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Current Issues & Policies

[Series] Prospect of Inter-Korean Relations in 2021
2020-12-24 View : 152 YANG Un-Chul

[Current Issues & Policies] No. 2020-39

 

Foreign Affairs Outlook for 2021


Prospect of Inter-Korean Relations in 2021

 

 

Dr. YANG Un-Chul

Director of the Dept. of Unification Strategy Studies, The Sejong Institute

ucyang@sejong.org

 

 

English Abstract

 

In 2020, North Korea went through a rough time of economic hardship, suffering from triple distress of COVID-19, economic sanctions, and typhoon damage. Despite the exogenous shock, there were few policy measures that North Korea could take to cope with economic difficulties. In a speech at the military parade that celebrated the 75th anniversary of the foundation of the Workers’ Party of Korea on October 10, 2020, Kim Jong Un conveyed the North Korea’s facing difficulties and declared that he would present strategies and goals to realize an ideal society of revival and prosperity by the 8th Congress of the Party scheduled in January 2021. Kim Jong Un has preannounced a positive change in economic policy, but it is yet too early to expect drastic changes in North Korea’s policy. North Korea’s economic ideology remains largely within the framework of self-reliance and independence. The amendment of the Preamble to the Constitution in 2019 signifies a change in the ideology of the North Korean economic management, but it is largely absent with economic rationality and incentive system in the actual economic management method.

 

At this point, the improvement of inter-Korean relations is still far from being realized. In fact, various poll results confirm increasing skepticism in inter-Korean relations, which is attributable to North Korea’s unpredictable attitude. Kim Jong Un said in his speech at the military parade, “I also send this warm wish of mine to our dear fellow countrymen in the south, and hope that this health crisis would come to an end as early as possible and the day would come when the north and south take each other’s hand again,” but making this momentum is not easy. The biggest reason is that North Korea’s priority in state affairs is the prevention of COVID-19 and social security rather than economic development. Having a distant view at this point, the improvement of inter-Korean relations is possible when North Korea changes itself. If inter-Korean relations improve in 2021, the area of change is likely to be the economic sector rather than the political and military sectors. However, most inter-Korean economic cooperation agendas are related to economic sanctions, making it difficult for the North to respond properly. North Korea needs to decide to come to the stage of dialogue regardless of gains or losses to break the vicious circle of confrontation between the two Koreas.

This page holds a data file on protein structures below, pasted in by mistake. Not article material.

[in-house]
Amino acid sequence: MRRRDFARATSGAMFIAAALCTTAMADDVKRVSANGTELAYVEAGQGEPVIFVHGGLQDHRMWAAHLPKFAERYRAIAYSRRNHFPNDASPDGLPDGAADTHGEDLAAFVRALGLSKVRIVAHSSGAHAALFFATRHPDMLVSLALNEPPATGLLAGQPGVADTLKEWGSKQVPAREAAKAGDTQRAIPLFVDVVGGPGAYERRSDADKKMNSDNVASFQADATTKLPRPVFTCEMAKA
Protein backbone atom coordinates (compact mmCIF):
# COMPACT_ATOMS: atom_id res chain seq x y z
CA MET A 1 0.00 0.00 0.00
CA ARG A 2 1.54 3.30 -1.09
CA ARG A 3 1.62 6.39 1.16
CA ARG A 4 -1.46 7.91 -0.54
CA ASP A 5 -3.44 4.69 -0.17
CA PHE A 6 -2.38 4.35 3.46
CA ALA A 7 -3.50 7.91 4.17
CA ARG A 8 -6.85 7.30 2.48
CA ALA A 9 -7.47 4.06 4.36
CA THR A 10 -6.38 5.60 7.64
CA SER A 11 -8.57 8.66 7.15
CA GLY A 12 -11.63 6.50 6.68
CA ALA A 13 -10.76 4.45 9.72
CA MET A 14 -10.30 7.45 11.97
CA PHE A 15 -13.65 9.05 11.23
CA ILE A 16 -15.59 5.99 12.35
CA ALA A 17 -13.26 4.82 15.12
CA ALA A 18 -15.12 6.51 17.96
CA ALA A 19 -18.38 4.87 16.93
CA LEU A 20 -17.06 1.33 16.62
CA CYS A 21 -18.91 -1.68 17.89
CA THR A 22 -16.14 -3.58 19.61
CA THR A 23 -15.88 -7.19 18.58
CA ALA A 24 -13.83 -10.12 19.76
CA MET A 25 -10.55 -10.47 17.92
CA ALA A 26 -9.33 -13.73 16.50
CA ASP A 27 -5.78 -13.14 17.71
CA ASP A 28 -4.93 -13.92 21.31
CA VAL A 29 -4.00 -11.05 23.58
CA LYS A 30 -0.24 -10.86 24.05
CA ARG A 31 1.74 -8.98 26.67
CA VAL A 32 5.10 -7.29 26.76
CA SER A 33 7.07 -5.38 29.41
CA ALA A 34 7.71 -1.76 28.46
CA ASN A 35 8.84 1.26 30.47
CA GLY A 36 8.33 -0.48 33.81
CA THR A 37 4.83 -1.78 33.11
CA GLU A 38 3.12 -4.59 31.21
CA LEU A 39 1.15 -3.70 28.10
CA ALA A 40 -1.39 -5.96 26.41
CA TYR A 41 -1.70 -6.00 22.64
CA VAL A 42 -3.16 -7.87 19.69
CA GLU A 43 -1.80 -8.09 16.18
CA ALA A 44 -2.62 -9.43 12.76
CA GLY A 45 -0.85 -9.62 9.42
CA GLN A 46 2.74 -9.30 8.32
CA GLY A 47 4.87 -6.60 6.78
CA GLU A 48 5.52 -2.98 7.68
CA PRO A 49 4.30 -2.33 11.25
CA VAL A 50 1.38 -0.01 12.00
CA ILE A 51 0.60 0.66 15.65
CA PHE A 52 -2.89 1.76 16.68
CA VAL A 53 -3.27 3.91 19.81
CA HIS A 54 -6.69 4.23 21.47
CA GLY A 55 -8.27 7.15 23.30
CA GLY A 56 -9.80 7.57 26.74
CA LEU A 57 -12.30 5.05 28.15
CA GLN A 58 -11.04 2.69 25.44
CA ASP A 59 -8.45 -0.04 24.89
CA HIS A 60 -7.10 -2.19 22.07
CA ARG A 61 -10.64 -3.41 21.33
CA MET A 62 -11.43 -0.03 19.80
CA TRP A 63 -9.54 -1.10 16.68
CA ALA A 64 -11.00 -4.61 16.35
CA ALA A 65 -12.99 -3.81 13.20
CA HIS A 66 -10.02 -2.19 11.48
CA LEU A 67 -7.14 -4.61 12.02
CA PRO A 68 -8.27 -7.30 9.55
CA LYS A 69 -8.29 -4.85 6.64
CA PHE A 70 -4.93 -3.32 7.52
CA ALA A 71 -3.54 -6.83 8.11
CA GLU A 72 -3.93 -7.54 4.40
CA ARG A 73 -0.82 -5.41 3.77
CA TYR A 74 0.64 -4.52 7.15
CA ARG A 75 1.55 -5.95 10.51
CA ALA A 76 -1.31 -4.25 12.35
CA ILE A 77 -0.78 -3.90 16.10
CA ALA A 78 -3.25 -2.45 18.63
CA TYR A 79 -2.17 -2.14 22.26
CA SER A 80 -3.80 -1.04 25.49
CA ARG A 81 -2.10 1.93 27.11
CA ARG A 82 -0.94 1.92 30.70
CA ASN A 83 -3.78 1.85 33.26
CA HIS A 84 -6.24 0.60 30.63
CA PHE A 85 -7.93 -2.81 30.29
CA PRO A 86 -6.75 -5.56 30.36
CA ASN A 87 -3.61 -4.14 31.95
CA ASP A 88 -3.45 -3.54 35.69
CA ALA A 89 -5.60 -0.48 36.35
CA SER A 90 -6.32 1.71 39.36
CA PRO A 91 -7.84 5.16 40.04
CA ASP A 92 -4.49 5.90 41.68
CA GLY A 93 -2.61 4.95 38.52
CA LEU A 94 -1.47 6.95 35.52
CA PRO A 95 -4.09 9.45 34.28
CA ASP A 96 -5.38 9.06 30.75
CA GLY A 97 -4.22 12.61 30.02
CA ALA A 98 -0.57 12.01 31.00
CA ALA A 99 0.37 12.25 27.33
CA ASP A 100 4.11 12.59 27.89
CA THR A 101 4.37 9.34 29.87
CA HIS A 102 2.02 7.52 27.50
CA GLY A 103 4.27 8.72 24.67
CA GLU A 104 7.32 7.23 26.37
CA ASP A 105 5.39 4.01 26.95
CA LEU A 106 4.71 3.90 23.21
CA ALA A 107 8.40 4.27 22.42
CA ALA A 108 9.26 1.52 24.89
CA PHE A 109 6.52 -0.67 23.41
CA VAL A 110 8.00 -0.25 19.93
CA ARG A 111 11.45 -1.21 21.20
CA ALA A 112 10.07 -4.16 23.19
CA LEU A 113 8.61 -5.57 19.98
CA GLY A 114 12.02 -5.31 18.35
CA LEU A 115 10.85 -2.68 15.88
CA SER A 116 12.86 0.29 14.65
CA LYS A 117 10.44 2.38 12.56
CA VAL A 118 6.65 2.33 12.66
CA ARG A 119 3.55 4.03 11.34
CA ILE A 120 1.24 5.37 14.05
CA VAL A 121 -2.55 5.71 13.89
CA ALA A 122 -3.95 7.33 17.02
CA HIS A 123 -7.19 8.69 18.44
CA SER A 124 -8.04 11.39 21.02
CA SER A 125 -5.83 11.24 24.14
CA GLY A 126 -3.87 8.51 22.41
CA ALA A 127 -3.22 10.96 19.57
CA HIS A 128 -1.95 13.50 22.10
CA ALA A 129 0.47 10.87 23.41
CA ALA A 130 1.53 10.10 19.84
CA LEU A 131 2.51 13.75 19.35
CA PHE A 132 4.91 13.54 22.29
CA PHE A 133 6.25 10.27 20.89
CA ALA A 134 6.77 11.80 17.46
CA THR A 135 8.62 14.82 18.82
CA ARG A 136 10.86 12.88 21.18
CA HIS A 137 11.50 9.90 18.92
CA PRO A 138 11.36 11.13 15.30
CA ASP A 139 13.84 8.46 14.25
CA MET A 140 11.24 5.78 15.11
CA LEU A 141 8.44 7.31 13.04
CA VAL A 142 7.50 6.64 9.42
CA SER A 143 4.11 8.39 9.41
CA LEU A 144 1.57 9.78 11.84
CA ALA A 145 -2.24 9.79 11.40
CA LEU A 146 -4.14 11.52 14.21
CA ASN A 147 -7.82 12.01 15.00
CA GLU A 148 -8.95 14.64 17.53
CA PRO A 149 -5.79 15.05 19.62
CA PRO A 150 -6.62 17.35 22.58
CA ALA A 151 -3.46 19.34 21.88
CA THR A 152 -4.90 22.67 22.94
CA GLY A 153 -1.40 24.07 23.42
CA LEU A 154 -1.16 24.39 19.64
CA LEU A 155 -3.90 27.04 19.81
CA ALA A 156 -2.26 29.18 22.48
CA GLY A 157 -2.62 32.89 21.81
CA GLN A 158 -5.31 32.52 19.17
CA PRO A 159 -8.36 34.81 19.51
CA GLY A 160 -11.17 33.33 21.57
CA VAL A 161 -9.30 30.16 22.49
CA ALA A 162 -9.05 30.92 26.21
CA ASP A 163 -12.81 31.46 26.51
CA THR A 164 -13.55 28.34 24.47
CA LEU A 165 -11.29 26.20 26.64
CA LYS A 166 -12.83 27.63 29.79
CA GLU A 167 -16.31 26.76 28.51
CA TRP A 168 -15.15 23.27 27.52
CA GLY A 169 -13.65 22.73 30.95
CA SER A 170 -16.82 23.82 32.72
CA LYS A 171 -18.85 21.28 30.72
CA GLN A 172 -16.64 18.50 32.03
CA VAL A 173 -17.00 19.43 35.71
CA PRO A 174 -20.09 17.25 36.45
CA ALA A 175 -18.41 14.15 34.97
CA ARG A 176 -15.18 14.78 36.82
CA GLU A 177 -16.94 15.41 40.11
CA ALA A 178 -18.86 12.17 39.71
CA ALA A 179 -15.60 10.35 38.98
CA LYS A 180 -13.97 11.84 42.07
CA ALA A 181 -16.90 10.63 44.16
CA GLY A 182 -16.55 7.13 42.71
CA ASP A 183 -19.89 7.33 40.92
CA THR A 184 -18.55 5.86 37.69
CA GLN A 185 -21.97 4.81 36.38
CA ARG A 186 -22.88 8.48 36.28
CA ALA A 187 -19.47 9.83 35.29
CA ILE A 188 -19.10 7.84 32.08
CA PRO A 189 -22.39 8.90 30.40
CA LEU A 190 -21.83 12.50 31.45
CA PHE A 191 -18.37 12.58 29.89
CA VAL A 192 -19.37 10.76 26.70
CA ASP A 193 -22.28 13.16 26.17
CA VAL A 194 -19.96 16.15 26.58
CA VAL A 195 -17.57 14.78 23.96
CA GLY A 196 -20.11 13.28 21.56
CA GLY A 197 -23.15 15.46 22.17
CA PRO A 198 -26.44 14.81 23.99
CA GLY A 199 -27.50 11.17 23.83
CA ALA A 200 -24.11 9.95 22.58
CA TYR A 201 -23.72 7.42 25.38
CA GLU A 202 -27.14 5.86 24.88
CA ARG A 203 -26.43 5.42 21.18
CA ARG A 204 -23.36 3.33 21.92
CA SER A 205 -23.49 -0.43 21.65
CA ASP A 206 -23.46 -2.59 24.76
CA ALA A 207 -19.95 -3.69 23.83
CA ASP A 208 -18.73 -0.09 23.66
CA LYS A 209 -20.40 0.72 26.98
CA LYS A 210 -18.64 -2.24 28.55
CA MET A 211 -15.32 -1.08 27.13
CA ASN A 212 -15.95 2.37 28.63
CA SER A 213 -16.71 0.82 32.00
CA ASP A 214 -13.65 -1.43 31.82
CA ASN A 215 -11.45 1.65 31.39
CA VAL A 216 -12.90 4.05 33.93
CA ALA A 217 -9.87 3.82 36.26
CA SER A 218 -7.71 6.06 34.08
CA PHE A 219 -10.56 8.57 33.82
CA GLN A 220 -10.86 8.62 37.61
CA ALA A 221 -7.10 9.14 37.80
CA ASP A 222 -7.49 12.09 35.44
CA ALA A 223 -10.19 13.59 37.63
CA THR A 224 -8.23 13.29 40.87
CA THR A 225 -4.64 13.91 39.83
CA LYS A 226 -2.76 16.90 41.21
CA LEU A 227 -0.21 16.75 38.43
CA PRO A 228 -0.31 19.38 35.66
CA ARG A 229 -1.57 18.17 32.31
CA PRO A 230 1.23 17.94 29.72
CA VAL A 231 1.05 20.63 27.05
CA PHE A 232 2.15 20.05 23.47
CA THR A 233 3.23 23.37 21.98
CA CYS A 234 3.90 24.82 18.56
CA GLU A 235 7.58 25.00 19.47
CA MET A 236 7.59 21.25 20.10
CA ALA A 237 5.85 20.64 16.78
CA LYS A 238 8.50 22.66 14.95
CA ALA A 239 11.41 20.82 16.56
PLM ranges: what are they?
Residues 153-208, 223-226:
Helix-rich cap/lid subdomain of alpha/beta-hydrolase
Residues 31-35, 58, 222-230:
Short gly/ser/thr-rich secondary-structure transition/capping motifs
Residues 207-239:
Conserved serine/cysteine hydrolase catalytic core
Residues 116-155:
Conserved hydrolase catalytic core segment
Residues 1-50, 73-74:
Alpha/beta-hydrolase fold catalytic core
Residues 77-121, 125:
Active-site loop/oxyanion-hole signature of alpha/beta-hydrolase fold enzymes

For a full article in Korean, please follow the link:

http://www.sejong.org/boad/1/egoread.php?bd=2&itm=&txt=&pg=2&seq=5744

 

Translator’s note: This is a summarized unofficial translation of the original paper which was written in Korean. All references should be made to the original paper.

This article is written based on the author’s personal opinions and does not reflect the views of the Sejong Institute.